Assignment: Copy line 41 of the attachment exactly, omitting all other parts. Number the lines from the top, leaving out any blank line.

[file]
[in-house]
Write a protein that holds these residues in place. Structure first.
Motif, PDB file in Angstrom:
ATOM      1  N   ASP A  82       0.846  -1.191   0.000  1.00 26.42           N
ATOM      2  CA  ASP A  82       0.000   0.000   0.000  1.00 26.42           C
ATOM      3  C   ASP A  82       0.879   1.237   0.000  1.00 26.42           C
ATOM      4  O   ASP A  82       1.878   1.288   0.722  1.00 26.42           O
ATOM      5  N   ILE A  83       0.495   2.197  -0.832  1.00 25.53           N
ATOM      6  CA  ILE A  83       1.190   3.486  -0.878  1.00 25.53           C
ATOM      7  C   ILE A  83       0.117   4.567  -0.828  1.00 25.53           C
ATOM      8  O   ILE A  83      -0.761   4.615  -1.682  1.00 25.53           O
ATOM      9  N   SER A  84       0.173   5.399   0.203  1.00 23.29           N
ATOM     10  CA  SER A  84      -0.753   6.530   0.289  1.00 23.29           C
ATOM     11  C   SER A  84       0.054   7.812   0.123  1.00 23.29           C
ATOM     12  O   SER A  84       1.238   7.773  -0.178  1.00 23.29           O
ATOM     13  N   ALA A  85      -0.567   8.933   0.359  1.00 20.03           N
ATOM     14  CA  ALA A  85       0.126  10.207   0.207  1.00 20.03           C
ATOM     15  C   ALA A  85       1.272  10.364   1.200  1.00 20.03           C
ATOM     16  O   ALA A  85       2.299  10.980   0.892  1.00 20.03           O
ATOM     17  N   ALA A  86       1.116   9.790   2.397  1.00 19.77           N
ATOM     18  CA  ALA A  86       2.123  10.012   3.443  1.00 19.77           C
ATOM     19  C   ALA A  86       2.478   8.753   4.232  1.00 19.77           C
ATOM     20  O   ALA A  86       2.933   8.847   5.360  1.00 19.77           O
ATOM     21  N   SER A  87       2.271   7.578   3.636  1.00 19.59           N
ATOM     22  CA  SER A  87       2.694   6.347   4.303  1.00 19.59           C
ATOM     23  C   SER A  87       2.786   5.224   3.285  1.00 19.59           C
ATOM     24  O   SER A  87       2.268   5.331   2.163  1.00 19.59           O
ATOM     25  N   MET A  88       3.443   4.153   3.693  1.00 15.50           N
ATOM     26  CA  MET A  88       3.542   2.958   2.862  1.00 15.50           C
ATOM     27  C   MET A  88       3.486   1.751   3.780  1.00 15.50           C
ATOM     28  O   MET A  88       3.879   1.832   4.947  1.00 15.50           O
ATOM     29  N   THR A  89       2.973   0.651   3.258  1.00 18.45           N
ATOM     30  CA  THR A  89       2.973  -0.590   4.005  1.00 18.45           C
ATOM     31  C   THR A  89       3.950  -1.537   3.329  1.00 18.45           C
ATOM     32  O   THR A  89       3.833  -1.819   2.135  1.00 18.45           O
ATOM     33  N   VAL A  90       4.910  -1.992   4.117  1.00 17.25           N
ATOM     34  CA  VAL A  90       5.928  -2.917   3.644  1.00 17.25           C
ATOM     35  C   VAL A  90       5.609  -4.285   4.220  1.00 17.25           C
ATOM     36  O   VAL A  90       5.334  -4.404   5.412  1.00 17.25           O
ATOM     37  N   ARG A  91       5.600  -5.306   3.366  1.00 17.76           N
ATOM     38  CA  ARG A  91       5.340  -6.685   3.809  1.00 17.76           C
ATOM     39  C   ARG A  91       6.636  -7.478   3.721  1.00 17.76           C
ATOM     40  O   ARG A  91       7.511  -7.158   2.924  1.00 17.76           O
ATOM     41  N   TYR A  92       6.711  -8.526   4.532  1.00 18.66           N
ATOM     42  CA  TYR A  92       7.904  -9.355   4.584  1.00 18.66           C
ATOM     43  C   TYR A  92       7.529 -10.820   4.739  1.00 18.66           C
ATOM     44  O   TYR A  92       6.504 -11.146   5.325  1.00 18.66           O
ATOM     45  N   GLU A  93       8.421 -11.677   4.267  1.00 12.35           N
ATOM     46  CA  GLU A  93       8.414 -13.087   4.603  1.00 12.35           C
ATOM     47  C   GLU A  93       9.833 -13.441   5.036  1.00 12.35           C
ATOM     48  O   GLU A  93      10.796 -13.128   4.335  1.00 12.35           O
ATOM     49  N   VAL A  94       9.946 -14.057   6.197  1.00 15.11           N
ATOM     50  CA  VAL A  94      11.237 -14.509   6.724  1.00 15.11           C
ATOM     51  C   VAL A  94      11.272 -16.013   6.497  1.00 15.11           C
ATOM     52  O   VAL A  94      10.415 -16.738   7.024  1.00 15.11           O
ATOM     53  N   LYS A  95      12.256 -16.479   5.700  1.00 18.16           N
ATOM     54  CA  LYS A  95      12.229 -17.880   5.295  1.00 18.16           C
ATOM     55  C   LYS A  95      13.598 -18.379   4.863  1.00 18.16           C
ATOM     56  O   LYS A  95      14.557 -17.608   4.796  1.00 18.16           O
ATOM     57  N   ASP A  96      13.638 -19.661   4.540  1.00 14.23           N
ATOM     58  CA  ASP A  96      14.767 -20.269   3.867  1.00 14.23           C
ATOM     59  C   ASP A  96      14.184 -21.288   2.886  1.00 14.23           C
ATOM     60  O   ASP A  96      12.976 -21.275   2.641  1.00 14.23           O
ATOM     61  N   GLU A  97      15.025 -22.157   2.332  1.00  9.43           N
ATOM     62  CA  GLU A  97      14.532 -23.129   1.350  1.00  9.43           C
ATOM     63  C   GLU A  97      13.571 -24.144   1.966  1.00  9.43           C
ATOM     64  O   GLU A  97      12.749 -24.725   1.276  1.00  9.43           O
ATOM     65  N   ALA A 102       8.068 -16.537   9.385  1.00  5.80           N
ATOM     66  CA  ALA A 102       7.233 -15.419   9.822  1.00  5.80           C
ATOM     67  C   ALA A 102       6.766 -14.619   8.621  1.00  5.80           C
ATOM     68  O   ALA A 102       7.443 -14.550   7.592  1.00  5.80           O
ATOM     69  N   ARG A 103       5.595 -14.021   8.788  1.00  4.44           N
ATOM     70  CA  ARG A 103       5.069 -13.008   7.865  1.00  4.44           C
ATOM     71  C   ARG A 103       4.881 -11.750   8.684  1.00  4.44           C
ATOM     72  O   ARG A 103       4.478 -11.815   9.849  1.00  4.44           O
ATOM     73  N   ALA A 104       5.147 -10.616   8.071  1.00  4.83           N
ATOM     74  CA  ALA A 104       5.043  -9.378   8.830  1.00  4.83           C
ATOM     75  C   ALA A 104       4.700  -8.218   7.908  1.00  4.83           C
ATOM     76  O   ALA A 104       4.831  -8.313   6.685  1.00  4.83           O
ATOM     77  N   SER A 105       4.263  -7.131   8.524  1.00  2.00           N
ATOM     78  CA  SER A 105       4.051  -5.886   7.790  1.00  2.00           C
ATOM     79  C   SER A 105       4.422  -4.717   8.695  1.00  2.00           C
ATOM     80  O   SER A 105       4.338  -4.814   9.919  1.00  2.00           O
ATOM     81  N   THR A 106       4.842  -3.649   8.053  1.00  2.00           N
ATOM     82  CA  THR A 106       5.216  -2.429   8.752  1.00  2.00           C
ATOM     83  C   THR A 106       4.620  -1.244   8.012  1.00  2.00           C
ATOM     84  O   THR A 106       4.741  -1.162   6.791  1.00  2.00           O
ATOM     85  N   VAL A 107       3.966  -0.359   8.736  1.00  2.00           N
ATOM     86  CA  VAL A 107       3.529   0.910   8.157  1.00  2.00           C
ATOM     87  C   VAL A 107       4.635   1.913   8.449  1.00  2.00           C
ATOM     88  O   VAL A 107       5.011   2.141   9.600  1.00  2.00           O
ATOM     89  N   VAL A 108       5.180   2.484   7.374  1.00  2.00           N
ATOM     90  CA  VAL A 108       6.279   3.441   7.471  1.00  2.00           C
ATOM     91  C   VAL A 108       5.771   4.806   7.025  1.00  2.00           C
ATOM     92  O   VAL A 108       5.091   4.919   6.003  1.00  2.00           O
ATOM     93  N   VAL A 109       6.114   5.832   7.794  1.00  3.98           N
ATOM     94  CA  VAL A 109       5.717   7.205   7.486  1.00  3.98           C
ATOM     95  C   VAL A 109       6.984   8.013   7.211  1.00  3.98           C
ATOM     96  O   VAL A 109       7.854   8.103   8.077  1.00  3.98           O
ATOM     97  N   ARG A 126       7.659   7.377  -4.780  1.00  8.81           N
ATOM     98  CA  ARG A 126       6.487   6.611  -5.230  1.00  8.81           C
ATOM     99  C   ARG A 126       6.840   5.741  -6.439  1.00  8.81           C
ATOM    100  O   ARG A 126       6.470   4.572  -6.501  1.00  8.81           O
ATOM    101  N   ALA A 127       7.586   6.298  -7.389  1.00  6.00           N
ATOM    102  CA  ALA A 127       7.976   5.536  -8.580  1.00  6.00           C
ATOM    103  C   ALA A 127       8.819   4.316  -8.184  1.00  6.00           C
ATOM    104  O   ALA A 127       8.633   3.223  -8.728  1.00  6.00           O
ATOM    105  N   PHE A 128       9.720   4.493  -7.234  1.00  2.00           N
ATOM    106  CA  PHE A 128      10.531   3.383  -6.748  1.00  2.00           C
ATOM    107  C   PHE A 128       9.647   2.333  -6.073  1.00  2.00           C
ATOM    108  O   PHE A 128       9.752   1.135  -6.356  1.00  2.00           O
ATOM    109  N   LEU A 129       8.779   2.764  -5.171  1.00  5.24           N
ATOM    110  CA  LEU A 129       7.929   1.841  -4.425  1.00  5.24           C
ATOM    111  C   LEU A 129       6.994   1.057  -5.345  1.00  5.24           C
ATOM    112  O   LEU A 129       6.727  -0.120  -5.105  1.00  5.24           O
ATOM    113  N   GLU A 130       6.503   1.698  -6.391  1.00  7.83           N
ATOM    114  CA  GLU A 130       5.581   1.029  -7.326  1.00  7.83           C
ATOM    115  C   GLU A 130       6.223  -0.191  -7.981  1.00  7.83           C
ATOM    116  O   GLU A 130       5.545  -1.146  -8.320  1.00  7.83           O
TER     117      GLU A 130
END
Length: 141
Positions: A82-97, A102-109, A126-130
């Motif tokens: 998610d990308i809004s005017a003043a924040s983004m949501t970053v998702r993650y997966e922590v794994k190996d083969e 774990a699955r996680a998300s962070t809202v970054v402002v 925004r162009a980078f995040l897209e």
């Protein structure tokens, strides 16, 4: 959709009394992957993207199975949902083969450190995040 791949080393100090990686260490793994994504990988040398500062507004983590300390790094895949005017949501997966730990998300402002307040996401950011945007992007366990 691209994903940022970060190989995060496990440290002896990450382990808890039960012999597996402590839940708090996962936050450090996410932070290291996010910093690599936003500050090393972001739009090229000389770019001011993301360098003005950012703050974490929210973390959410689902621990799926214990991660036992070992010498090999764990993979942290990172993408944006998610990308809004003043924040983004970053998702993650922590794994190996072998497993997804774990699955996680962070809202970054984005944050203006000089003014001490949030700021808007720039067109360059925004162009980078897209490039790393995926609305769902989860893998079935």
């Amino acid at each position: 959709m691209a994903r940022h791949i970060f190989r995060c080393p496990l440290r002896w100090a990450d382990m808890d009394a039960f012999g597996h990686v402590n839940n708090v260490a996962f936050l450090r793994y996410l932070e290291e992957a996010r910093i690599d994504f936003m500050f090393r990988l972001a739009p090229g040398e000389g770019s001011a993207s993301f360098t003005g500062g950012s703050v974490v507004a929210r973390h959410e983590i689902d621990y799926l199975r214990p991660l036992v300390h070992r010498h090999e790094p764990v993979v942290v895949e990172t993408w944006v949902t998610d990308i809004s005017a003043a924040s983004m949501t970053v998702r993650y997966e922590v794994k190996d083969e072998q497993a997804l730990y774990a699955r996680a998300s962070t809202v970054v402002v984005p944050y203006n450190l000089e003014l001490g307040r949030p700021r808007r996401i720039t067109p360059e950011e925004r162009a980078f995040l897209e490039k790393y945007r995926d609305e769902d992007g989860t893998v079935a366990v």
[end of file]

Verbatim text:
ATOM     38  CA  ARG A  91       5.340  -6.685   3.809  1.00 17.76           C